It was at Bukovets—a mountain village in the Carpathians—where I received the phone call that distant relatives had learned of my visit to my grandfather’s village a few days earlier and were driving to my hotel to meet me later that day. In Bukovets, there was a celebration, a huge meal, dancing, and then the school teacher, who spoke English, told us, You are Ukrainian. This is your country, your land. Come again, bring your children, your grandchildren. Although I was in Ukraine and although I had a Ukrainian grandfather, I didn’t—couldn’t—think of myself as Ukrainian. Could I? My daughter? My husband, born in Yorkshire? A man pounded the table and said, You are married to a Ukrainian woman so you are Ukrainian! He toasted us with the fiery horilka flavoured with mountain ginseng.
I’ve thought of that afternoon in sunlight, at a table high on a mountain slope, so often in the past 100 days. The beautiful music, food enough to feed an entire village, glasses replenished over and over again. I loved the cornmeal banosh, made with salo, salty cheese, and sour cream. Loved the cucumber salad with handsful of ferny dill strewn over the slices, the varenyky filled with cherries, sprinkled with sugar, and served with more of that rich sour cream. Women kept streaming out of a summer kitchen with platters and bowls, refilling our plates, pushing away our hands because why would anyone refused another helping of this food? Eat, eat! These are your people!
Today in the Guardian, Volodymyr Zelenskiy says that Russian forces are occupying about 20% of Ukraine’s territory. Children are being removed to Russia. New sanctions are announced and new weapons packages are being offered. Breaches of international law are discussed as though anyone at this point has the will or the ability to enforce these.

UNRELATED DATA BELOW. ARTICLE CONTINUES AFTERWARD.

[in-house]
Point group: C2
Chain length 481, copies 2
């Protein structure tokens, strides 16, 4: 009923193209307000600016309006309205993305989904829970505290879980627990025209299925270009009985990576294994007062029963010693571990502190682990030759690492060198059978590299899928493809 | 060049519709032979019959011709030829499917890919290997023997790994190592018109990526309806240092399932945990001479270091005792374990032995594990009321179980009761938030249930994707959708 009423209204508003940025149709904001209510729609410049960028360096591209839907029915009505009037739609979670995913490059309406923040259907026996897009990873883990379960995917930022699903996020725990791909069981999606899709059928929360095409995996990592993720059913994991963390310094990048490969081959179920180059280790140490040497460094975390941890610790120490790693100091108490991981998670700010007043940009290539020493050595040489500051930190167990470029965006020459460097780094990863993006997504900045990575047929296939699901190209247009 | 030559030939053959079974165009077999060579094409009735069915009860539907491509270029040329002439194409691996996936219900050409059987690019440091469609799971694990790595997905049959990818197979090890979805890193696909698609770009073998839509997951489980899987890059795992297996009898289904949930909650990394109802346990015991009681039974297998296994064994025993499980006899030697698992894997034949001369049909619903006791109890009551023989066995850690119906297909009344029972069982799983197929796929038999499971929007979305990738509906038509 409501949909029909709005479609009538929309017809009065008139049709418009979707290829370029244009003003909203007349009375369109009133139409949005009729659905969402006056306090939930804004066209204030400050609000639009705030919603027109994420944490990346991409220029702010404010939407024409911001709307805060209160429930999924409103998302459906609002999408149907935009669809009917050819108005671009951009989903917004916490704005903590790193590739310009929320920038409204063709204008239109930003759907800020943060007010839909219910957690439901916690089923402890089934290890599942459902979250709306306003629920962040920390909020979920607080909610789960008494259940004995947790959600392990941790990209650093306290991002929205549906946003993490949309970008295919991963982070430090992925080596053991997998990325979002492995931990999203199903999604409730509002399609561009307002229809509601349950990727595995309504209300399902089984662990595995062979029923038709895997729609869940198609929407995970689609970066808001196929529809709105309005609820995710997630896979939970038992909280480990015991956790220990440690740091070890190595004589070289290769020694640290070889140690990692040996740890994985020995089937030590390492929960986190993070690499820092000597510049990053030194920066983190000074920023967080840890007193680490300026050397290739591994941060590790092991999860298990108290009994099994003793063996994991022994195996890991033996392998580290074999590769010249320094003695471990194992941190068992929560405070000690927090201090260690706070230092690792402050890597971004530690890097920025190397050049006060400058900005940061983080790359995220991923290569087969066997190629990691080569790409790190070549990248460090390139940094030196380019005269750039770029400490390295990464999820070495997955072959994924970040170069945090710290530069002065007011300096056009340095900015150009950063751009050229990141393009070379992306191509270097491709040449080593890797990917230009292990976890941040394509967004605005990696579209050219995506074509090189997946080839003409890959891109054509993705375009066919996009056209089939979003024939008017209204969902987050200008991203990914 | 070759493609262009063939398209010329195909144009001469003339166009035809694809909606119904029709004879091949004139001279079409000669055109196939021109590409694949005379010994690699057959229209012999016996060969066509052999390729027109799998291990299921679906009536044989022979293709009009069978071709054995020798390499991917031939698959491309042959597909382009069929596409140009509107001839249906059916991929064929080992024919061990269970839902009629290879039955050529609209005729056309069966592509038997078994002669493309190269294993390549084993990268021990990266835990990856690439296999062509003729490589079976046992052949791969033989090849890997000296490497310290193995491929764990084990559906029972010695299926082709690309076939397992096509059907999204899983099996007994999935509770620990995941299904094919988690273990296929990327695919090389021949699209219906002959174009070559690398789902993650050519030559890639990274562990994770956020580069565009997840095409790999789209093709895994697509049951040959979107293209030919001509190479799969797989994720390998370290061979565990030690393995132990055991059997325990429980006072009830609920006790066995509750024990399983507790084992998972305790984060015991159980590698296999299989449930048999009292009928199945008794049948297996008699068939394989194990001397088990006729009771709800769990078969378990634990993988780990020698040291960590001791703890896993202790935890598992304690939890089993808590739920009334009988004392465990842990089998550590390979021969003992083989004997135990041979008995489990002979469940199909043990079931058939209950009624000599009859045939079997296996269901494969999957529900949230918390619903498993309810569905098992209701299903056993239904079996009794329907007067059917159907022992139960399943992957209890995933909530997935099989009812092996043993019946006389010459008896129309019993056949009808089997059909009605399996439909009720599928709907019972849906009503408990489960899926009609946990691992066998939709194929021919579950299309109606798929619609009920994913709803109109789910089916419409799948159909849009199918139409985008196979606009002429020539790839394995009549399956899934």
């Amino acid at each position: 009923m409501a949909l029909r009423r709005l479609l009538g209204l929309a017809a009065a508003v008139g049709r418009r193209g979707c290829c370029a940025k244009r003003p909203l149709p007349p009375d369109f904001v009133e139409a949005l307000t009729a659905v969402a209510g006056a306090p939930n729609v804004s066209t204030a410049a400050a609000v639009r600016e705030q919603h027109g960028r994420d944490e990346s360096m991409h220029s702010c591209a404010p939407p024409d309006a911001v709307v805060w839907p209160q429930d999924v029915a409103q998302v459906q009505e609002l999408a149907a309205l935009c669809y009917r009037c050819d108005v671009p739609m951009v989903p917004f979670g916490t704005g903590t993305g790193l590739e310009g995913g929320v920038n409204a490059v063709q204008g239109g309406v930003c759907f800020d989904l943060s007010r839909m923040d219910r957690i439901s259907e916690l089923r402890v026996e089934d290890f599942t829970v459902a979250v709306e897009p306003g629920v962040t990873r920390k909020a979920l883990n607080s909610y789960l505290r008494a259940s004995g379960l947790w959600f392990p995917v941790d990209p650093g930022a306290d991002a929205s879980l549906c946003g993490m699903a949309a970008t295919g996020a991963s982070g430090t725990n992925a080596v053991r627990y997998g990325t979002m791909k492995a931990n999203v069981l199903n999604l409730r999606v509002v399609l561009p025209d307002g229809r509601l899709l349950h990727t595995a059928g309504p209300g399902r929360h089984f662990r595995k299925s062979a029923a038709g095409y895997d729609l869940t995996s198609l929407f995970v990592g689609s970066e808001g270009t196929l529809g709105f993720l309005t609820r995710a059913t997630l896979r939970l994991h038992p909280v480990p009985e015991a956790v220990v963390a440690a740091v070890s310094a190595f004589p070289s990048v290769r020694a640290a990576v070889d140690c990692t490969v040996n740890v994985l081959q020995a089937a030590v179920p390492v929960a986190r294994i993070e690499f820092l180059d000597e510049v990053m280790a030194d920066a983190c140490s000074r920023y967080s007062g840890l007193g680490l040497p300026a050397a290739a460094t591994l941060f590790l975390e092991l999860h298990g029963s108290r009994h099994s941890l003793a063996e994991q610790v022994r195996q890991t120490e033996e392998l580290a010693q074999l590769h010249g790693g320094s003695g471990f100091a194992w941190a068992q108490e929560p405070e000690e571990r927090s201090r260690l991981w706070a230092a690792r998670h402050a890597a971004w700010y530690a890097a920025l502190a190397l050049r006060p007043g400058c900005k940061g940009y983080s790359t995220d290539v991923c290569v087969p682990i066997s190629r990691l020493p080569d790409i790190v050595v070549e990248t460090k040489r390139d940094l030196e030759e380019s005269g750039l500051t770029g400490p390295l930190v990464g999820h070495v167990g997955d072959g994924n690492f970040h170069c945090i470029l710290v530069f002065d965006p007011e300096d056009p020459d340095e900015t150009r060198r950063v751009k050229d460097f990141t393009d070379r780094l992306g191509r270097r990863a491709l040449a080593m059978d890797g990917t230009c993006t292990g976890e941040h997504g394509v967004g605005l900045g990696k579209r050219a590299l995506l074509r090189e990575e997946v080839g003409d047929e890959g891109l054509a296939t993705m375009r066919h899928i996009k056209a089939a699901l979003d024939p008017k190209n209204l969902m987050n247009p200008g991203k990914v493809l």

Here on the very edge of the Pacific, with a blue sky and birdsong, I am again wondering what to do. The bowl of dill in my greenhouse is green and ferny and tonight I’ll snip it over buttered noodles, try my hand at banosh. Looking out at the morning, I am reading poetry, which Auden told us makes nothing happen but survives in the valley of its making. I am thinking of the green valley below Bukovets, sheep with their long fleeces carrying wildflower seeds from one field to another.
Every hut in our beloved country is on the edge.
And to be honest, I’m on the edge, too.
I feel sorry for the ones at the center, but really I’m especially sorry for the ones in the camp towers, watching the frosty distance.
—Boris Khersonsky, trans. by Amelia Glaser and Yuliya Ilchuk